EJ Johnson, author of “Charles Moore: Buildings and Projects 1949-1986,” told The New York Times in 2016 that what Tsien and Williams did to Moore’s building was “insensitive.”
“It’s almost like they’re getting revenge for what MoMa did to their folk art museum,” Johnson said.
Even more irony arises; Tsien was one of Moore’s students at the University of California, Los Angeles. Tsien said in 2016 that she thought the new design was respectful.
“We moved some things, we added some things, and we restored a lot of things,” Tsien said. “We are doing a lot to take care of his legacy. It doesn’t keep it exactly the same, but it keeps it alive.
At the time of the controversy, Kevin Keim, director of the Charles Moore Foundation in Austin, TX, said he was outraged by the renovations.
“Not only is the entire north end of the original building destroyed, but the entire design of Moore’s building is fundamentally destroyed,” Keim said in 2016. reflexive. .”
Hood Museum director Stomberg said that while he “respects” the opinions of critics, he thinks most of them have never even seen the museum in person.
“There’s nothing I can say to a true lover of Charles Moore architecture that will make him feel comfortable with this building,” Stomberg said. “One of [the critics] said to me: ‘You cannot touch a single hair of his head’, but the [new] the build really works.
Former Hood Assistant Manager Juliette Bianco ’94 was able to experience Moore’s Hood as a 25-year-old student and employee. Bianco, now director of the Weatherspoon Art Museum at UNC Greensboro, believes Moore did not anticipate the conversations students might have when they toured the museum and witnessed the juxtaposition of objects from different cultures and times.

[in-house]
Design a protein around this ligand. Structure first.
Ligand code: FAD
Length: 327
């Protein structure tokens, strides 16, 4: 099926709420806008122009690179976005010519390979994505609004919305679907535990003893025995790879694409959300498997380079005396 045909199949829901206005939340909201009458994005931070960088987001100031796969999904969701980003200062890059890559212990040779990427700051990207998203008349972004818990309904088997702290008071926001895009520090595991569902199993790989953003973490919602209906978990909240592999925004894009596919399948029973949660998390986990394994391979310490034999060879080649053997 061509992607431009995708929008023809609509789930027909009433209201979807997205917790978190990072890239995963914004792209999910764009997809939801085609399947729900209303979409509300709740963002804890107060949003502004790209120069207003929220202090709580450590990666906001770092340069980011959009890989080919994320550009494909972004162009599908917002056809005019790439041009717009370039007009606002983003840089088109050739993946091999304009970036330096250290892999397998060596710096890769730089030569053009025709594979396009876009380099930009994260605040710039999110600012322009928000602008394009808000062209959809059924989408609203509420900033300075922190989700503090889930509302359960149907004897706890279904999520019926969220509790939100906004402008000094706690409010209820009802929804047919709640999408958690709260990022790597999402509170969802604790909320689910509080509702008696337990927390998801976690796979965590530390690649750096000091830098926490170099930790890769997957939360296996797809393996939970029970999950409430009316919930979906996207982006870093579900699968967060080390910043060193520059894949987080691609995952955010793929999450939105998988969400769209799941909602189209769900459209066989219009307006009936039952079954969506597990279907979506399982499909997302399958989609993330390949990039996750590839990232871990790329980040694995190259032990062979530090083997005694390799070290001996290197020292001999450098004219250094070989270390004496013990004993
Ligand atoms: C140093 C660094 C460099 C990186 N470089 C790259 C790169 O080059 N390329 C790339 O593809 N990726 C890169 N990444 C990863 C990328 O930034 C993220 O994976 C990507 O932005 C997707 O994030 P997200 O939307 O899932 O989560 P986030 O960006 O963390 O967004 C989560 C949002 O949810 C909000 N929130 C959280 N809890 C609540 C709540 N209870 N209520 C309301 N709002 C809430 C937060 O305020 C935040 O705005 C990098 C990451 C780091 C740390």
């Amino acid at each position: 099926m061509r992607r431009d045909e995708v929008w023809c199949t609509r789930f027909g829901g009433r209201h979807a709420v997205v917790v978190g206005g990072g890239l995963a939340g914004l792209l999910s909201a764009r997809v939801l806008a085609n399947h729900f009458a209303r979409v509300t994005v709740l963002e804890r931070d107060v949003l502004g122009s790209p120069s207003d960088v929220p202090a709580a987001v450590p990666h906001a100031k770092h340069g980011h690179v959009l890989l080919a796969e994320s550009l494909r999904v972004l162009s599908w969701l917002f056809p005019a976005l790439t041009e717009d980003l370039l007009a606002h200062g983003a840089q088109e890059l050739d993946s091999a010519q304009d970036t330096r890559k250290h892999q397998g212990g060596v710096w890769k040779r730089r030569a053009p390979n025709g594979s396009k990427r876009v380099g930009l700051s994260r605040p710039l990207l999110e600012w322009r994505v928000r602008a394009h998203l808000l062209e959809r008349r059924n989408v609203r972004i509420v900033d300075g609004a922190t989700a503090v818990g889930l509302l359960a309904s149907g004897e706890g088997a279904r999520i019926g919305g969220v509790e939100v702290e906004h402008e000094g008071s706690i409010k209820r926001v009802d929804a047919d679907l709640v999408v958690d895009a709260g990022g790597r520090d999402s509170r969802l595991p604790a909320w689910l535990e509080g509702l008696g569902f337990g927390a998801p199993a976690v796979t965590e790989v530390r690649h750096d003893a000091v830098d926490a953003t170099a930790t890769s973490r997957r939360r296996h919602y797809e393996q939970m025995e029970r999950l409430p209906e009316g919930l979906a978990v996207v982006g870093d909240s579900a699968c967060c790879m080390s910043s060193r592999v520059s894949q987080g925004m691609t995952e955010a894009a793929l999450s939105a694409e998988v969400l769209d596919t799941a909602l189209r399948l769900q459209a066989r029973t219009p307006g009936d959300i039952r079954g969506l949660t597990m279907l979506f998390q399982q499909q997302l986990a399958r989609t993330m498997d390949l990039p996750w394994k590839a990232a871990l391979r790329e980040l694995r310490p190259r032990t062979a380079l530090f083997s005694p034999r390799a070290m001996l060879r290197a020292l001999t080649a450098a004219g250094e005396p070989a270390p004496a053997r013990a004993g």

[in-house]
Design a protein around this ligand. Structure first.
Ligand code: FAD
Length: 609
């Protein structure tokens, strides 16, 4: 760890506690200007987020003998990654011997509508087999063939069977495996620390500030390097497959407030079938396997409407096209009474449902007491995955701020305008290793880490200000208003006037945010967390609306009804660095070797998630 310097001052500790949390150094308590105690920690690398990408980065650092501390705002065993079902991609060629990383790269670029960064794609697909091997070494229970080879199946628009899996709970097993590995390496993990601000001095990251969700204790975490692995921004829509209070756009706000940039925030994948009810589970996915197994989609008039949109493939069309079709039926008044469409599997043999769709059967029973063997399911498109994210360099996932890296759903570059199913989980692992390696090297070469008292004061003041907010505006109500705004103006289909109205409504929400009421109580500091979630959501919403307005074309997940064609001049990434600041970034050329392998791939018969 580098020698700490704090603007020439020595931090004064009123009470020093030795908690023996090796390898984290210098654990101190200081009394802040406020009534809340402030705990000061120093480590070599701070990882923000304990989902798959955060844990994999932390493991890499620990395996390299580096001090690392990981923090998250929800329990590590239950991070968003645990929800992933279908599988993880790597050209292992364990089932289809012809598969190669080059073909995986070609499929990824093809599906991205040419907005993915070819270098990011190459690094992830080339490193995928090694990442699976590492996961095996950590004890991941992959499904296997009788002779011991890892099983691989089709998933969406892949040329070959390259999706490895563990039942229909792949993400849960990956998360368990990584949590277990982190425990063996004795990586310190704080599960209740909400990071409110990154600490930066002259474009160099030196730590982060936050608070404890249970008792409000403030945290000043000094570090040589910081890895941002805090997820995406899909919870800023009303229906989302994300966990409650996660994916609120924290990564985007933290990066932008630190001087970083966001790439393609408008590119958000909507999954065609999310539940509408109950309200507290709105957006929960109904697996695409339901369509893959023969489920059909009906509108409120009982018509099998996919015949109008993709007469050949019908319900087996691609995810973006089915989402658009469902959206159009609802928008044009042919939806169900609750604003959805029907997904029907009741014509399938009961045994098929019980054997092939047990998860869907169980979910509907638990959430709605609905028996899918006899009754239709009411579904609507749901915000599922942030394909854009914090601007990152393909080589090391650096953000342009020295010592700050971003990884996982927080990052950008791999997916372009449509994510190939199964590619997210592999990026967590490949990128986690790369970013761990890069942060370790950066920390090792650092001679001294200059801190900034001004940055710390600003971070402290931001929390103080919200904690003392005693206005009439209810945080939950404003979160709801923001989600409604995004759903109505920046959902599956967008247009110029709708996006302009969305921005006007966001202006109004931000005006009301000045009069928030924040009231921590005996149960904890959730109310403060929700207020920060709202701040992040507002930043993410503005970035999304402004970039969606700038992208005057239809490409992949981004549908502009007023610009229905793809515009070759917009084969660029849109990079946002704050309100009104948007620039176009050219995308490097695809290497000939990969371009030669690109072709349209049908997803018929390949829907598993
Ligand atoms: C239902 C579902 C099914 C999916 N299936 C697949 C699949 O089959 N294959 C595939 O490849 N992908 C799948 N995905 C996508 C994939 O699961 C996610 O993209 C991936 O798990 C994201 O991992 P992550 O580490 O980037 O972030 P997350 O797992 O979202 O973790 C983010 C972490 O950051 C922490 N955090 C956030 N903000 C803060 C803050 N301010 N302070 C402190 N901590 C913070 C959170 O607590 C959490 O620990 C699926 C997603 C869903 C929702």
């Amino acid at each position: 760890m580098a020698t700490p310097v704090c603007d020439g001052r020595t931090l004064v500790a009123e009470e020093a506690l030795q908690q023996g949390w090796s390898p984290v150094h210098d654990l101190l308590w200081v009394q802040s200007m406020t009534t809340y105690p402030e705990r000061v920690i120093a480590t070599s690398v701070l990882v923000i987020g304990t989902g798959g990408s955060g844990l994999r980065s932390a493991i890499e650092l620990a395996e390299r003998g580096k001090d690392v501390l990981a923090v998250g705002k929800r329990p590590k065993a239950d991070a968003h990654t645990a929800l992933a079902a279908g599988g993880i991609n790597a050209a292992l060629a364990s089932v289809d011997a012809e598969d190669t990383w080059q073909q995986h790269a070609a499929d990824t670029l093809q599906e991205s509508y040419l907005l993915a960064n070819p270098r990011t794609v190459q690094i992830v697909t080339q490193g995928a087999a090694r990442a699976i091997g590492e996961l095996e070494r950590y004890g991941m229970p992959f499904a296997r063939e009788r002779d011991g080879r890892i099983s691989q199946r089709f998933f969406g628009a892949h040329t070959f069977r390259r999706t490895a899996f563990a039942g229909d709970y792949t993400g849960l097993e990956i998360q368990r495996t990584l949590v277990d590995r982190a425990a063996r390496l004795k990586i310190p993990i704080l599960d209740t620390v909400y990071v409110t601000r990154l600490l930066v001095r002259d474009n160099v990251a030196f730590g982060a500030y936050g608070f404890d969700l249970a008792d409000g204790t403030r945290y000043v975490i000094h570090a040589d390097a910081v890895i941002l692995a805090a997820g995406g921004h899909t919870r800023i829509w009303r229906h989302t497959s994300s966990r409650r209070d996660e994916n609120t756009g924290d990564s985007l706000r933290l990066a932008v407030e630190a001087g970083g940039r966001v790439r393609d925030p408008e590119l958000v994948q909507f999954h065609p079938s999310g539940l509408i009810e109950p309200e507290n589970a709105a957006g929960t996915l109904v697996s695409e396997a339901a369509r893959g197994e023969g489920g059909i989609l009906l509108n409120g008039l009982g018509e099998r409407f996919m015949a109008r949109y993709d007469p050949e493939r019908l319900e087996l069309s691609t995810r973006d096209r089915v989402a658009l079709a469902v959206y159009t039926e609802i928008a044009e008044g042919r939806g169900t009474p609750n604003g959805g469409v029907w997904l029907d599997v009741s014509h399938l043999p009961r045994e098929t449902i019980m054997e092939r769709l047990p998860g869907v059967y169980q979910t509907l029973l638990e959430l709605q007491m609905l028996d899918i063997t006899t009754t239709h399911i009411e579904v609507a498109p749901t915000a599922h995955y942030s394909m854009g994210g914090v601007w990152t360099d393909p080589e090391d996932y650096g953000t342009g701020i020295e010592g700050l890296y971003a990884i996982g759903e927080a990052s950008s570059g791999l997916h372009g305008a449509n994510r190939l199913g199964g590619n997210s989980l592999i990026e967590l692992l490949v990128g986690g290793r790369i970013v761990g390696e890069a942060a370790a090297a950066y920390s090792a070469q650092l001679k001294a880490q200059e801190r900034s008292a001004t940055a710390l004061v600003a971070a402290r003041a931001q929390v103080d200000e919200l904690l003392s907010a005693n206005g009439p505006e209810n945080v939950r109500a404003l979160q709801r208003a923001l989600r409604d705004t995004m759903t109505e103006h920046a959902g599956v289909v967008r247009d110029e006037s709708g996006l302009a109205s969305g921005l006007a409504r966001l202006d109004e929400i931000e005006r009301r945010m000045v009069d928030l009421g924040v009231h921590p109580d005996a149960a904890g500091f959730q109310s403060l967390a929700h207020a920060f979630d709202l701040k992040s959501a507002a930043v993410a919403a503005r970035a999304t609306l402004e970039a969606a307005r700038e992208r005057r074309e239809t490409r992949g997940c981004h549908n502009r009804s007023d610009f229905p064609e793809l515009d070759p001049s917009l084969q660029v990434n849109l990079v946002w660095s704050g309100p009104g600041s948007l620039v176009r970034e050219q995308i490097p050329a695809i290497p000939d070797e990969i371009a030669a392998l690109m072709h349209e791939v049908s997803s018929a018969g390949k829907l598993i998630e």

“The [original] Hood was built like a house to keep all of these items safe,” Bianco said. “Over the next 30 years, through practice, we learned that, in fact, these objects had a unique and powerful role to play in the education of Dartmouth students.”
Stomberg thinks Moore intended to create a space that was as much an architectural experience as it was about art.
“There was a lot of architecture here,” Stomberg said. “Like, you couldn’t find the front door, so you had to work there, and you had to go in through a walkway, then go around and up a walkway.”
Moore’s architectural antics didn’t stop at the low-key front door. Once you figured out how to get into the museum, there were dead-end stairs and corridors around every corner, similar to a maze.
“Everywhere you turned you were really aware of the architecture,” Stomberg said. “And I think that must have been what [Moore] intention: that the architecture participate in a sonic way in the aesthetic experience of the visit.